By Sid Tobiason, Amy Stillwell, and Lewis Fisher, CPA, Moss Adams LLP
Think about the things you plan for – a new home, a dream vacation, or retirement. The income tax plan for your dealership sale is probably not the first thing that comes to mind. However, the tax savings resulting from that plan could help pay for your new home construction, vacation, or retirement.
Many dealership owners structure their stores and real estate holdings to operate efficiently, which often means they aren’t set up with the sole purpose of reducing the tax burden of a future sale. When confronted with a potential sale, owners can become paralyzed by the fear that the income tax on it will be significant—leaving them with little time to prepare and fewer options for reducing their tax burden.
Creating a Tax Plan
Planning for the sale of a business sooner rather than later can reduce the associated tax burden and help with the realization of long-term personal financial goals. Owners who begin to plan for the sale of their dealership five years in advance find that it affords them more opportunities for tax savings than if they were to start planning one year ahead of the sale, or even three. No matter how far out the sale is, however, there are options for decreasing the associated tax burden.
Immediately Before Sale
Although planning for a sale immediately before its occurrence may diminish the opportunity for tax savings, there are still multiple avenues available to owners to reduce their tax burden. These include:
- Employing the exchange structures detailed in US Internal Revenue Code Section 1031, which are primarily used for real estate but can also be applied to a portion of a sale of intangibles
- Valuing and attributing a portion of total goodwill to personal goodwill
- Planning for the continuation of some business activity to avoid immediate liquidation
- Formally liquidating the business in the same year as the sale’s closing, dependent on income tax basis
Two to Three Years Prior to Sale
Dealership owners who begin planning for a sale two to three years in advance have additional tools at their disposal:
- Using a spin-off or split-up to restructure the business
- Changing a C corporation to an S corporation to reduce the built-in gains tax (the double tax effect of an S corporation)
- Apportioning goodwill between corporate and personal to reduce exposure to the built-in gains tax
- Selling portions of the business to various estate planning tools, such as a grantor-retained annuity trust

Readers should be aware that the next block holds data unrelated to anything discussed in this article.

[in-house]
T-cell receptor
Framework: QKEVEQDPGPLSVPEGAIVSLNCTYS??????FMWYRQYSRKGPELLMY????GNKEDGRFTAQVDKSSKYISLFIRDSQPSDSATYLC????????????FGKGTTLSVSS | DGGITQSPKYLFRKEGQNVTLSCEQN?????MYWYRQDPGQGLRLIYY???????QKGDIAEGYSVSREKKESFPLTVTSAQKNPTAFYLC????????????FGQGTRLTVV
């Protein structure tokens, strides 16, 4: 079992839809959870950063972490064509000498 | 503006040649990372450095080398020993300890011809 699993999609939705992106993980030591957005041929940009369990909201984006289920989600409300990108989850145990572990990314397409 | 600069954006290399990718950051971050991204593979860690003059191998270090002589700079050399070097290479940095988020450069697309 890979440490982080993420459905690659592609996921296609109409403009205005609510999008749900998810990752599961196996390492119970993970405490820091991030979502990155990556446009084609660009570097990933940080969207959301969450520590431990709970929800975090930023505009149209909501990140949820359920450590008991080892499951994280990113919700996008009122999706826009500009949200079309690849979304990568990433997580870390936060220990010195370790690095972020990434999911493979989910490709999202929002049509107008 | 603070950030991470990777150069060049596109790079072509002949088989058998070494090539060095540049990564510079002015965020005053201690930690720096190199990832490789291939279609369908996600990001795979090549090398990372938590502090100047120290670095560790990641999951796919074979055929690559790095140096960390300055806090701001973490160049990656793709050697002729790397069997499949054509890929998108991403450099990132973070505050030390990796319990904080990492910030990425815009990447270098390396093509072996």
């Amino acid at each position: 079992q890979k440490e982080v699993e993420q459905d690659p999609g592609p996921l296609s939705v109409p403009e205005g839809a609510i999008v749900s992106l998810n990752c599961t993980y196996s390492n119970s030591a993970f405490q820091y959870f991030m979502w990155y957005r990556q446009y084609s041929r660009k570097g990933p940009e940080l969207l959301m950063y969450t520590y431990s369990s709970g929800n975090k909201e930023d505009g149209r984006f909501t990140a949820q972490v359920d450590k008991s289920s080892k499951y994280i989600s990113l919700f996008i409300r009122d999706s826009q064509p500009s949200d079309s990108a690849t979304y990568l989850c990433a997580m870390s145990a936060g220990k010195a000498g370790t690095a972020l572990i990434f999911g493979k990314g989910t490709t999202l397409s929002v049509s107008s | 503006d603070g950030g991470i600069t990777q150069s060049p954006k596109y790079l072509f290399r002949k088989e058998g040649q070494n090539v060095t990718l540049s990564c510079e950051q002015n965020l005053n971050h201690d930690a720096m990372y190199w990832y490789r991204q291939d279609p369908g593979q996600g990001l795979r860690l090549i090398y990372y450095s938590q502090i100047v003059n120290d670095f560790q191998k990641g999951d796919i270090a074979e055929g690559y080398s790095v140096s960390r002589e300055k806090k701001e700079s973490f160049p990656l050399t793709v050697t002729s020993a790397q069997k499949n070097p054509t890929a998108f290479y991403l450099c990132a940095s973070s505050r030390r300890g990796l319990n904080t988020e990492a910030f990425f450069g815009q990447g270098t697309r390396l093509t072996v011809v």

- Merging various entities with the potential to offset gains and losses
- Contributing appreciated business assets to a charitable organization, trust, or private foundation
Five Years Prior to Sale
Owners who begin planning five years or more in advance of a sale will find that they have the most tax-saving options available to them. In addition to the items outlined above, they can pursue:
- Changing a C corporation to an S corporation to completely avoid the built-in gains tax
- Mitigating any last in, first out recapture with carefully timed corporate deductions
- Making discounted intrafamily transfers to reduce taxes and put value into other generations
- Dropping down to an LLC from a corporate structure to begin transitioning the business to new owners
There’s a dramatic difference in the number of tax-savings opportunities available to owners who start planning for a sale five years in advance instead of immediately beforehand, which is why long-term planning is key to a successful sale. The tools outlined in this article provide a starting point for owners who are beginning to determine what they can do to lower their sales tax.
But the first step in developing a long-term plan isn’t to evaluate tax-savings options—it’s to establish goals and a subsequent timeline. Once these goals have been decided, the appropriate tools can help owners achieve them.
Sid Tobiason, a partner with Moss Adams, has practiced public accounting since 1978. He advises clients on federal income tax, estate tax, entity structure, the purchase and sale of businesses, ownership transition, and succession planning. He can be reached at (858) 627-1448 or firstname.lastname@example.org.
Lewis Fisher, senior manager, has practiced accounting since 2000. He specializes in assurance and consulting and has experience with all audit phases, including compliance testing, fieldwork, and report preparation. He can be reached at (949) 623-4169 or email@example.com.
Amy Stillwell, a senior manager with Moss Adams, works exclusively with dealership owners and closely held businesses on federal and state income tax, estate planning, and large dealership transactions. She can be reached at (858) 627-1410 or firstname.lastname@example.org.